Report on the future of Clutha’s rural water schemes released
An assessment of Clutha District’s rural water supplies, looking at how schemes could operate in the future, is now complete and available to the public.
Clutha District Mayor Bryan Cadogan says, “The assessment is publicly available so people can make an informed decision. It doesn’t make recommendations about whether schemes should opt out of the Water Services Entity ownership model or not. It presents the benefits, issues and risks of Water Services Entity D versus community ownership for the district’s mixed-use rural water supplies.”
Council and the rural water schemes working party have been working with the Department of Internal Affairs (DIA). The assessment, funded by DIA, and undertaken by independent management consulting firm, Morrison Low, is the result of this collaboration.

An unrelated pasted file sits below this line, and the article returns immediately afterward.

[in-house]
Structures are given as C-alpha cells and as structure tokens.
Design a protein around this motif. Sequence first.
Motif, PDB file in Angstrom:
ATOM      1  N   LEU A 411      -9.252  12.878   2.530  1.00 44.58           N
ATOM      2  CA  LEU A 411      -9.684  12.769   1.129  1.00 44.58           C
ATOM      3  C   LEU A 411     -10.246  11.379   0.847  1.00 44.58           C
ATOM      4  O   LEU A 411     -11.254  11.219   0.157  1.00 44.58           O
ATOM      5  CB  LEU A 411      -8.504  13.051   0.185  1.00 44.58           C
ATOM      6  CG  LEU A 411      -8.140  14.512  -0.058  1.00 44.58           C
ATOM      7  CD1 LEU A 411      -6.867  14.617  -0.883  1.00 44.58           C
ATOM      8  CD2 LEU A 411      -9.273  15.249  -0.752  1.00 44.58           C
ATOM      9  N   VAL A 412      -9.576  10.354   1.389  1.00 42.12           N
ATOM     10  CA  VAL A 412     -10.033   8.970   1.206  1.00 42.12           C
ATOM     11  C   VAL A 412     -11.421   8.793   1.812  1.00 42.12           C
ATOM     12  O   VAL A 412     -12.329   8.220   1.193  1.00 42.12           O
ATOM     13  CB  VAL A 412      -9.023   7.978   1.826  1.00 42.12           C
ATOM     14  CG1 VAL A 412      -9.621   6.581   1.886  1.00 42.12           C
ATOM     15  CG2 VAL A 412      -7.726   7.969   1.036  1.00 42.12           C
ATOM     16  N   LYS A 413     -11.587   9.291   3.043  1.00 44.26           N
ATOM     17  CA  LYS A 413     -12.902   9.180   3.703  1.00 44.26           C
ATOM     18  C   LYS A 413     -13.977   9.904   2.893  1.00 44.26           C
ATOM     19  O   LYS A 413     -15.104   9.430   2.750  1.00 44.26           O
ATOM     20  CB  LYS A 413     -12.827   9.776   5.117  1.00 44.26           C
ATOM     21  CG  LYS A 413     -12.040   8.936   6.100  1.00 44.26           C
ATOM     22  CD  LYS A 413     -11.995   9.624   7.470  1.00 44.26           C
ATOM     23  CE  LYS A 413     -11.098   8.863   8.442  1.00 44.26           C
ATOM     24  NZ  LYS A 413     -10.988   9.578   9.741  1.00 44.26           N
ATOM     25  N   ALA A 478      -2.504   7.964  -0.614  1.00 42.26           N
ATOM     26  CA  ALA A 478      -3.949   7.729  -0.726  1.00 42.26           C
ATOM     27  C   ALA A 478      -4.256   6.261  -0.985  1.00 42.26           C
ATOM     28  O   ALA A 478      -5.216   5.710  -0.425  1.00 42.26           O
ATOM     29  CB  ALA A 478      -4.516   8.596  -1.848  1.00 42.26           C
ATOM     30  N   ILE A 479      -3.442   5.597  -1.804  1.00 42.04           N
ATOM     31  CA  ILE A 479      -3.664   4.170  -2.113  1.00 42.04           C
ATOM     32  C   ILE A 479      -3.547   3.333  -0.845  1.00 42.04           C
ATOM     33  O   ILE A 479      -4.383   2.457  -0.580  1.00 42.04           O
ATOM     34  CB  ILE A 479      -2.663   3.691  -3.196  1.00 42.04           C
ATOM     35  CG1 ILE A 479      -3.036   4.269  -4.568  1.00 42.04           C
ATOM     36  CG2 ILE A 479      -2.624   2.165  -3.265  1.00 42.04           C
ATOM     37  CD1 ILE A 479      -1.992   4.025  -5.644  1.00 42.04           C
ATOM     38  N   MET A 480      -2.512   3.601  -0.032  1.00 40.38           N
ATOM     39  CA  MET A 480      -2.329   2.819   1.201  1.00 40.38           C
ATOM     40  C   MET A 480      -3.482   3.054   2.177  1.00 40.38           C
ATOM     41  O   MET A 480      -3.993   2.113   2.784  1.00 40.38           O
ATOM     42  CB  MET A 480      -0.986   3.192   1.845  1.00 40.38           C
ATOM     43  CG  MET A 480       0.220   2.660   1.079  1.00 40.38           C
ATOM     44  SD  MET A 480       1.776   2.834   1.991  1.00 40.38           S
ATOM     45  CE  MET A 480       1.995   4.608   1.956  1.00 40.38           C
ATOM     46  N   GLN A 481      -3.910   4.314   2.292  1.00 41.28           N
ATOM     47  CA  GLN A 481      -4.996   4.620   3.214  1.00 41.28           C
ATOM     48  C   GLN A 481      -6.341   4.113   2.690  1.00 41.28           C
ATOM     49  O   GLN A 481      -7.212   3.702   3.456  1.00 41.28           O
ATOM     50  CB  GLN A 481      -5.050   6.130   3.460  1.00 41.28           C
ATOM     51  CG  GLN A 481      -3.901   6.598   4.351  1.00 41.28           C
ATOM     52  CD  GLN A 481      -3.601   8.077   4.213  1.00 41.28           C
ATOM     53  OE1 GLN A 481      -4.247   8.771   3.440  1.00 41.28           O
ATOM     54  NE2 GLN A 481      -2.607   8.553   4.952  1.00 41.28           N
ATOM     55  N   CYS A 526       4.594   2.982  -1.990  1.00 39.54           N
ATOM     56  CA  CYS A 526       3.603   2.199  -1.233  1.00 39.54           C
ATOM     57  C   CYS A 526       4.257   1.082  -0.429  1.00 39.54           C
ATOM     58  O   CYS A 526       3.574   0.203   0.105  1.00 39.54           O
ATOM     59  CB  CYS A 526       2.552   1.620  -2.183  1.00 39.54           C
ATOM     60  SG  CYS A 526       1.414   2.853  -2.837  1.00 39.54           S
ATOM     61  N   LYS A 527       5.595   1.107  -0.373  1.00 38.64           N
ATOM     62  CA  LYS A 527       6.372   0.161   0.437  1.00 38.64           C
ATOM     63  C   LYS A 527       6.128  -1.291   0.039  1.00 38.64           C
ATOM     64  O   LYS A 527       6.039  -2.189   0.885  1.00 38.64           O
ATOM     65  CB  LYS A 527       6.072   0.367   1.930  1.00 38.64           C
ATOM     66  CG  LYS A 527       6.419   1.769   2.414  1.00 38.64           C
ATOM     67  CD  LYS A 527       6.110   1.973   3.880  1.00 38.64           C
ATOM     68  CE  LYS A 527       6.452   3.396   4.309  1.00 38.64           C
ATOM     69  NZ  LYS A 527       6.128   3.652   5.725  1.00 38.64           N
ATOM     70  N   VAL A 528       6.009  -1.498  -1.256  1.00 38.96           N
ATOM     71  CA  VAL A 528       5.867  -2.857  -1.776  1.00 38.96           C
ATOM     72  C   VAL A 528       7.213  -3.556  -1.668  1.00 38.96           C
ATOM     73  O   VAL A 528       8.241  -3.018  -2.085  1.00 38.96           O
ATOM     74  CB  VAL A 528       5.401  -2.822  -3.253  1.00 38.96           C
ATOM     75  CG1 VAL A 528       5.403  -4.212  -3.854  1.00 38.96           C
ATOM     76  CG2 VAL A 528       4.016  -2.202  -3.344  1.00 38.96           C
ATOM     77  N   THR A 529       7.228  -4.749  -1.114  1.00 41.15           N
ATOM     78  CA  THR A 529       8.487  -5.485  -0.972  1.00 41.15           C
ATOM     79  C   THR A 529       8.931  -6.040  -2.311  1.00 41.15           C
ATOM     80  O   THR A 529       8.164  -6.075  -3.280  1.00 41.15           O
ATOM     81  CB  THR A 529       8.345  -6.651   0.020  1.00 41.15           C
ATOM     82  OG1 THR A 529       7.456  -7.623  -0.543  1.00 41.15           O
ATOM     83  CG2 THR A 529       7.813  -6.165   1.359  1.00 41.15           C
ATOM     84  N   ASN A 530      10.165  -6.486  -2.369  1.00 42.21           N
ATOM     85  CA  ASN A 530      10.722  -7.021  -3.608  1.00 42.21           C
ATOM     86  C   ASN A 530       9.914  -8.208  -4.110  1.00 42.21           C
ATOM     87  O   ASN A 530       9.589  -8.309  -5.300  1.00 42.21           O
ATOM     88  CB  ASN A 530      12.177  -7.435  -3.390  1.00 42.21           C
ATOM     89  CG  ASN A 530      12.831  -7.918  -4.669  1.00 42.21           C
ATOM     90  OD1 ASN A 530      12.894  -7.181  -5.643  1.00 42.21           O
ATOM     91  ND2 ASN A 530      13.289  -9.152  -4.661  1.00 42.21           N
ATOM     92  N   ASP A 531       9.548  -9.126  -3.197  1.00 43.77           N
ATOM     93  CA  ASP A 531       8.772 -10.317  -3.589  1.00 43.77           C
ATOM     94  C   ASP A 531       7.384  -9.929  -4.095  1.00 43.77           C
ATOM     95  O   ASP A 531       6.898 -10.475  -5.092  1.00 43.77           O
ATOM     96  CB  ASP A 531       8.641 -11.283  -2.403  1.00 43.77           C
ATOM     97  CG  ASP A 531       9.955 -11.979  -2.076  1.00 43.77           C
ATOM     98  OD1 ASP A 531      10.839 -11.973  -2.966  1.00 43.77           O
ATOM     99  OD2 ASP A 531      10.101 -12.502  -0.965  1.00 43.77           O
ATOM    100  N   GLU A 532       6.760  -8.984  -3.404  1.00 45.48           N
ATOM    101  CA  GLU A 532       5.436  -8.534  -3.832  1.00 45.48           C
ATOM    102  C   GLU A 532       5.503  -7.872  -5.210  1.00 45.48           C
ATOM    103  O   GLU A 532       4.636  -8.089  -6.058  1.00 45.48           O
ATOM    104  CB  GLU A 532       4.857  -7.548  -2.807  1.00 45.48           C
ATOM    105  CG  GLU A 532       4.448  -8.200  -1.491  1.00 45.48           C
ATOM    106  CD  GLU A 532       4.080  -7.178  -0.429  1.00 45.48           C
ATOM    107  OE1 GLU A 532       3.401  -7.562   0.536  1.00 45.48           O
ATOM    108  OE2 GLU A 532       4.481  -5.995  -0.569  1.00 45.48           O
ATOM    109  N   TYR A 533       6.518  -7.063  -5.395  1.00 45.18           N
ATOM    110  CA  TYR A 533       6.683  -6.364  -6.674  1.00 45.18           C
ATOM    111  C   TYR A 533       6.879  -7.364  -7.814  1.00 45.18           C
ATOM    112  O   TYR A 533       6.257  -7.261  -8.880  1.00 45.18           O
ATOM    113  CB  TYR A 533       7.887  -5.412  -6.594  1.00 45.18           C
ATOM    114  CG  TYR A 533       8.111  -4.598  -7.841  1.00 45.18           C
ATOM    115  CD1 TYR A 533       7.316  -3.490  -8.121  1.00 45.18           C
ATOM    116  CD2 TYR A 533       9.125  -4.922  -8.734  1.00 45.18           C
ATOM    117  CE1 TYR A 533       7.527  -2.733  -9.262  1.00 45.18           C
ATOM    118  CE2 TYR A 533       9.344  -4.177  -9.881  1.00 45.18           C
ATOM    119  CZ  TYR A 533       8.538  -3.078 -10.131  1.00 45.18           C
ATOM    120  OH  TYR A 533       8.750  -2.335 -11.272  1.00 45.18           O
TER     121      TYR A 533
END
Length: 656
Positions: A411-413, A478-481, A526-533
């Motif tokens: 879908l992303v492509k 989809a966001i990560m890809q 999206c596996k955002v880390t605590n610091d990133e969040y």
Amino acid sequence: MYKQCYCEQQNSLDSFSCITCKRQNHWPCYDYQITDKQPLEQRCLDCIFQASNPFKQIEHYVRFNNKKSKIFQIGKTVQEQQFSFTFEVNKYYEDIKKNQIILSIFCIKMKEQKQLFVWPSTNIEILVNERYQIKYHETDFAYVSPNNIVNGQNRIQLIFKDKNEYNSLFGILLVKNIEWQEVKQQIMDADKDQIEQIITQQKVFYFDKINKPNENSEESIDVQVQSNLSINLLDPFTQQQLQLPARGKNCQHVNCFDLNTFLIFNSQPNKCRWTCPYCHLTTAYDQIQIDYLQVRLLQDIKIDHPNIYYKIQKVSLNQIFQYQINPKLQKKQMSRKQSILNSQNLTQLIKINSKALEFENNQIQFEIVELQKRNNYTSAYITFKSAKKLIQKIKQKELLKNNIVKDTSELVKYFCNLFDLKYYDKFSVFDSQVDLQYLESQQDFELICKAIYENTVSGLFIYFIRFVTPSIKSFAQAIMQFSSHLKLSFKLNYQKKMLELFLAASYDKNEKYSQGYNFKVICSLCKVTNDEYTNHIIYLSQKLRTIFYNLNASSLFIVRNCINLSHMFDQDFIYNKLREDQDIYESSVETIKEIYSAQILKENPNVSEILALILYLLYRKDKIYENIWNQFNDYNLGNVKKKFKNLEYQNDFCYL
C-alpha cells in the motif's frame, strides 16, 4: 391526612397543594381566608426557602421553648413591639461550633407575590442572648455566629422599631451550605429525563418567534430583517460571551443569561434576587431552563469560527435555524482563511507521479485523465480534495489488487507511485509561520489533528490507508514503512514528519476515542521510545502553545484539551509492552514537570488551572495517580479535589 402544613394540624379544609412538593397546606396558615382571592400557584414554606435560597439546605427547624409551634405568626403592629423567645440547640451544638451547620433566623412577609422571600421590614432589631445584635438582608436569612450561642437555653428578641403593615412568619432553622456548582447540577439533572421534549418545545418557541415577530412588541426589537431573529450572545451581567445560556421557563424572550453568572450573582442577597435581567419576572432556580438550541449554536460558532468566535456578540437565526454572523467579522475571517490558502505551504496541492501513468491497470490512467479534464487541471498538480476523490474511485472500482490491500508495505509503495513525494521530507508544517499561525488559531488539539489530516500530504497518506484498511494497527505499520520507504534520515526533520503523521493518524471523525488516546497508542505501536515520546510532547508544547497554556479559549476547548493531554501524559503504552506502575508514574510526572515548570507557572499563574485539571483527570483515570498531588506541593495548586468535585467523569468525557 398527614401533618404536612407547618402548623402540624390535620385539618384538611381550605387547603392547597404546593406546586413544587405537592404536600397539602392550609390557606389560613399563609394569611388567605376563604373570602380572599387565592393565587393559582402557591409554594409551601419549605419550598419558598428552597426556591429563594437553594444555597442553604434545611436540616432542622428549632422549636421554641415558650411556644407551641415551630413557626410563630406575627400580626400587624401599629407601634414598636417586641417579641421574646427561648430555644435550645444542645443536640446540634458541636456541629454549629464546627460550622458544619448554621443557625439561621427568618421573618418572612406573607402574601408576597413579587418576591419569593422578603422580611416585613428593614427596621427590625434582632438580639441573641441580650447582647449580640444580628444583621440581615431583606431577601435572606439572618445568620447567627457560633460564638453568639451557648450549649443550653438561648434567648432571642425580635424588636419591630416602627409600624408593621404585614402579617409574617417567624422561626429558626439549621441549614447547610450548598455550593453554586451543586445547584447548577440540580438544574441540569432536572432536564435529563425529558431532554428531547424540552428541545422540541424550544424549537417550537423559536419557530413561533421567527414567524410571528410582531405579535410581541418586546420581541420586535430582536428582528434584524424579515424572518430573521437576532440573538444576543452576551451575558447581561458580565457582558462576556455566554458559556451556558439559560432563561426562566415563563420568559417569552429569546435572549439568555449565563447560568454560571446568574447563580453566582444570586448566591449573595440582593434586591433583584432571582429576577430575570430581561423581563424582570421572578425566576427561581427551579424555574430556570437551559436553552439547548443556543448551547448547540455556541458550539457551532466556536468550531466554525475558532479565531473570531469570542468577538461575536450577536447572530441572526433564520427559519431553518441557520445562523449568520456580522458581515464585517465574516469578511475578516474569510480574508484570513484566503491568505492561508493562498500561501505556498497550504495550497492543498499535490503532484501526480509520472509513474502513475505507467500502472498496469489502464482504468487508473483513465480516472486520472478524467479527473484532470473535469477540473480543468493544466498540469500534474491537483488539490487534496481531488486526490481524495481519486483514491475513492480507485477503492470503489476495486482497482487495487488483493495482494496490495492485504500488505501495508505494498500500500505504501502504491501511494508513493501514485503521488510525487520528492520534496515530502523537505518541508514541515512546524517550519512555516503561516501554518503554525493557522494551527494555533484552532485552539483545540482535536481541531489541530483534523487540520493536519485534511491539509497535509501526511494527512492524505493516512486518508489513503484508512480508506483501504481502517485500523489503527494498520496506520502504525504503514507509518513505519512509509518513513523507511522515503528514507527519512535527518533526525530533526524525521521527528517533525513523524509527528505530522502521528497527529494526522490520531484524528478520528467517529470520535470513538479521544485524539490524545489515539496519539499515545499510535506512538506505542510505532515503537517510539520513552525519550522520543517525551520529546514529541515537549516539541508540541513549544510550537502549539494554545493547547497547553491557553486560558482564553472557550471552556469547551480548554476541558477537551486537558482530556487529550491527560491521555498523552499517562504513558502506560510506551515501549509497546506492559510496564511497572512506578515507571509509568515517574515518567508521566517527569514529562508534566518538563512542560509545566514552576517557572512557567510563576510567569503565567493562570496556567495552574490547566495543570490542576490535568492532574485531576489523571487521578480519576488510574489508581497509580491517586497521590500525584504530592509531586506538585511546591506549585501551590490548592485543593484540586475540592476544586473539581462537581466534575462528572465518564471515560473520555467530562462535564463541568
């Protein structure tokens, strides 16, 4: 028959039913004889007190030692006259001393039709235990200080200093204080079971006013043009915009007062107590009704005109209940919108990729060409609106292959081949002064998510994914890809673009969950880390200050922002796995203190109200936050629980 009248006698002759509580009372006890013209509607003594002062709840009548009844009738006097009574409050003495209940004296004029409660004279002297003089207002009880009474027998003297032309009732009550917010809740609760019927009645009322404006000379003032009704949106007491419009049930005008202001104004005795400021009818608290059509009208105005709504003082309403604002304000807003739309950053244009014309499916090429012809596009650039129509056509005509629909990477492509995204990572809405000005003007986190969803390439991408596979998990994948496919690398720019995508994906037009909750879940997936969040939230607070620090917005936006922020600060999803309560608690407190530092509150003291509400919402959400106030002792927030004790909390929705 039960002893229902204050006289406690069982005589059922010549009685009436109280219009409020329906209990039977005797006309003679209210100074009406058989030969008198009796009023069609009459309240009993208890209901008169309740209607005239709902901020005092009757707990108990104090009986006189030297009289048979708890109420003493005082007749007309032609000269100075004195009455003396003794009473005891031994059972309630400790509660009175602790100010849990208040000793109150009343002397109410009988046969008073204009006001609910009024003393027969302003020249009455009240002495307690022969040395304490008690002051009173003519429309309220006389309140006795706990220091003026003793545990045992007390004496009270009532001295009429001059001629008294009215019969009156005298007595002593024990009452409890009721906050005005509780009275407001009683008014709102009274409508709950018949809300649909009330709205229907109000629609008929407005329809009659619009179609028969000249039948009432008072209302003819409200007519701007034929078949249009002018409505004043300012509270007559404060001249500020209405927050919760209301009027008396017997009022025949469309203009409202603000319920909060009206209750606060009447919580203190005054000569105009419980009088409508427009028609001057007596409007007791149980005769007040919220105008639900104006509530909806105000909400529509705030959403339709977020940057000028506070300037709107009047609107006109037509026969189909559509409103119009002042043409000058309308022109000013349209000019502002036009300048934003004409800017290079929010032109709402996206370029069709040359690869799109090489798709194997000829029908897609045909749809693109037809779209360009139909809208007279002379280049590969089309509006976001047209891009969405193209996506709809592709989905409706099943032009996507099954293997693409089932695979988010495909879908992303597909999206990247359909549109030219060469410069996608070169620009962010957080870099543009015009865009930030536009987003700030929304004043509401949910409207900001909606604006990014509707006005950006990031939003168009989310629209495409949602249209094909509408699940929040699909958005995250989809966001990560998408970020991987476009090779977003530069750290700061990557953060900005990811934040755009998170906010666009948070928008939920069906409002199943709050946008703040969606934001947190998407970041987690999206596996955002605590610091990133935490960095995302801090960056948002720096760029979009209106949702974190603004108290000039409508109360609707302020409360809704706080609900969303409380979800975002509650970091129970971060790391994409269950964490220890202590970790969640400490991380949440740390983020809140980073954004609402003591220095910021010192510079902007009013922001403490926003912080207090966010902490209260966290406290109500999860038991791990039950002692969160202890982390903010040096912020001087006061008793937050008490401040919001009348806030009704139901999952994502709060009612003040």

Clutha District has 12 rural water schemes that provide water for farm use and domestic consumption. A number of townships in the district are connected to these schemes, including Kaka Point, Waihola, Clinton, Tokoiti, Tuapeka Mouth, Waitahuna, Heriot, Pukerau and Waikaka.
All council-owned and operated drinking water, wastewater and stormwater services will be transferred to four new water services entities on 1 July 2024. After this date, councils will no longer have direct roles in managing and operating three water services.
However, after refinements to the original proposal were formulated by the Rural Supplies Technical Working Group, the Government has agreed that users of council-owned drinking water schemes that exist primarily to provide water for agricultural or horticultural purposes may have the option to seek direct ownership and operation of their scheme under certain conditions, independent of a water entity. The transfer of ownership to community users would require 75% of all users (farming and domestic) to agree to any proposal.
Read the report and summary and further information about three waters reform.